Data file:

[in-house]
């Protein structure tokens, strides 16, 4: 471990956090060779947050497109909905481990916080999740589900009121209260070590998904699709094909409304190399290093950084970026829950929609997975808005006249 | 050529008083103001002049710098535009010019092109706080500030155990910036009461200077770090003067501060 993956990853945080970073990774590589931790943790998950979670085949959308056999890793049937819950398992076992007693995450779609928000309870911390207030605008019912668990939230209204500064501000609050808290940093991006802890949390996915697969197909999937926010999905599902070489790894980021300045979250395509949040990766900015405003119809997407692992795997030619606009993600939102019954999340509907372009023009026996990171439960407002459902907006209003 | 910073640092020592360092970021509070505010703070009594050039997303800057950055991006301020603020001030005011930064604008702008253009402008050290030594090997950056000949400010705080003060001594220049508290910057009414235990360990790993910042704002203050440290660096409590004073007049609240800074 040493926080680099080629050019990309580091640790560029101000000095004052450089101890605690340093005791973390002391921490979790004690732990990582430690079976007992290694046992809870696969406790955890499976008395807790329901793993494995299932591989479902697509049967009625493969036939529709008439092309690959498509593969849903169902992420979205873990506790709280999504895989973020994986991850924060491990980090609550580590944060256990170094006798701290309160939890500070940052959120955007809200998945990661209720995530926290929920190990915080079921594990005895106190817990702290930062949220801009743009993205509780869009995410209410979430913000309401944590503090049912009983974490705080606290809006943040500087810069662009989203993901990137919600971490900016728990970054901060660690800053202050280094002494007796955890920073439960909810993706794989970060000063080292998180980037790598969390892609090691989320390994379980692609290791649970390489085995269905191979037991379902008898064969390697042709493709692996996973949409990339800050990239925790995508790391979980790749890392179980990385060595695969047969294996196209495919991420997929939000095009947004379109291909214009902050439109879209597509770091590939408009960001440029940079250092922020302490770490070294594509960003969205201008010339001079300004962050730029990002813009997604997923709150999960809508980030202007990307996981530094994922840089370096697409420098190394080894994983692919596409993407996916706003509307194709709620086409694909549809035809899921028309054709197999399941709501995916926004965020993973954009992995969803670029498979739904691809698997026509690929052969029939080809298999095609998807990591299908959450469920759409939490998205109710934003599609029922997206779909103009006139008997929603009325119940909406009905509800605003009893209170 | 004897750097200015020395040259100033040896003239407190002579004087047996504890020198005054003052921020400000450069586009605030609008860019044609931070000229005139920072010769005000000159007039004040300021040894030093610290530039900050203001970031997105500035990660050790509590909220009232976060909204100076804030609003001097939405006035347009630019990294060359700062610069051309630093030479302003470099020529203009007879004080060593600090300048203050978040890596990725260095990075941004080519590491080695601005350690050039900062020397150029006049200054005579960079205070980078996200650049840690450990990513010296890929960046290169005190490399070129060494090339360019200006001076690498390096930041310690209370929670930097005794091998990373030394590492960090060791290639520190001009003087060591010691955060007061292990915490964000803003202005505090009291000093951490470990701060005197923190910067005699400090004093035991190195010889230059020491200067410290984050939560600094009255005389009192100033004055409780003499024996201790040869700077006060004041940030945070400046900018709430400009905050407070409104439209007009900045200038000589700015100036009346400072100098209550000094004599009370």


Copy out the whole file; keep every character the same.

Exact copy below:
[in-house]
């Protein structure tokens, strides 16, 4: 471990956090060779947050497109909905481990916080999740589900009121209260070590998904699709094909409304190399290093950084970026829950929609997975808005006249 | 050529008083103001002049710098535009010019092109706080500030155990910036009461200077770090003067501060 993956990853945080970073990774590589931790943790998950979670085949959308056999890793049937819950398992076992007693995450779609928000309870911390207030605008019912668990939230209204500064501000609050808290940093991006802890949390996915697969197909999937926010999905599902070489790894980021300045979250395509949040990766900015405003119809997407692992795997030619606009993600939102019954999340509907372009023009026996990171439960407002459902907006209003 | 910073640092020592360092970021509070505010703070009594050039997303800057950055991006301020603020001030005011930064604008702008253009402008050290030594090997950056000949400010705080003060001594220049508290910057009414235990360990790993910042704002203050440290660096409590004073007049609240800074 040493926080680099080629050019990309580091640790560029101000000095004052450089101890605690340093005791973390002391921490979790004690732990990582430690079976007992290694046992809870696969406790955890499976008395807790329901793993494995299932591989479902697509049967009625493969036939529709008439092309690959498509593969849903169902992420979205873990506790709280999504895989973020994986991850924060491990980090609550580590944060256990170094006798701290309160939890500070940052959120955007809200998945990661209720995530926290929920190990915080079921594990005895106190817990702290930062949220801009743009993205509780869009995410209410979430913000309401944590503090049912009983974490705080606290809006943040500087810069662009989203993901990137919600971490900016728990970054901060660690800053202050280094002494007796955890920073439960909810993706794989970060000063080292998180980037790598969390892609090691989320390994379980692609290791649970390489085995269905191979037991379902008898064969390697042709493709692996996973949409990339800050990239925790995508790391979980790749890392179980990385060595695969047969294996196209495919991420997929939000095009947004379109291909214009902050439109879209597509770091590939408009960001440029940079250092922020302490770490070294594509960003969205201008010339001079300004962050730029990002813009997604997923709150999960809508980030202007990307996981530094994922840089370096697409420098190394080894994983692919596409993407996916706003509307194709709620086409694909549809035809899921028309054709197999399941709501995916926004965020993973954009992995969803670029498979739904691809698997026509690929052969029939080809298999095609998807990591299908959450469920759409939490998205109710934003599609029922997206779909103009006139008997929603009325119940909406009905509800605003009893209170 | 004897750097200015020395040259100033040896003239407190002579004087047996504890020198005054003052921020400000450069586009605030609008860019044609931070000229005139920072010769005000000159007039004040300021040894030093610290530039900050203001970031997105500035990660050790509590909220009232976060909204100076804030609003001097939405006035347009630019990294060359700062610069051309630093030479302003470099020529203009007879004080060593600090300048203050978040890596990725260095990075941004080519590491080695601005350690050039900062020397150029006049200054005579960079205070980078996200650049840690450990990513010296890929960046290169005190490399070129060494090339360019200006001076690498390096930041310690209370929670930097005794091998990373030394590492960090060791290639520190001009003087060591010691955060007061292990915490964000803003202005505090009291000093951490470990701060005197923190910067005699400090004093035991190195010889230059020491200067410290984050939560600094009255005389009192100033004055409780003499024996201790040869700077006060004041940030945070400046900018709430400009905050407070409104439209007009900045200038000589700015100036009346400072100098209550000094004599009370």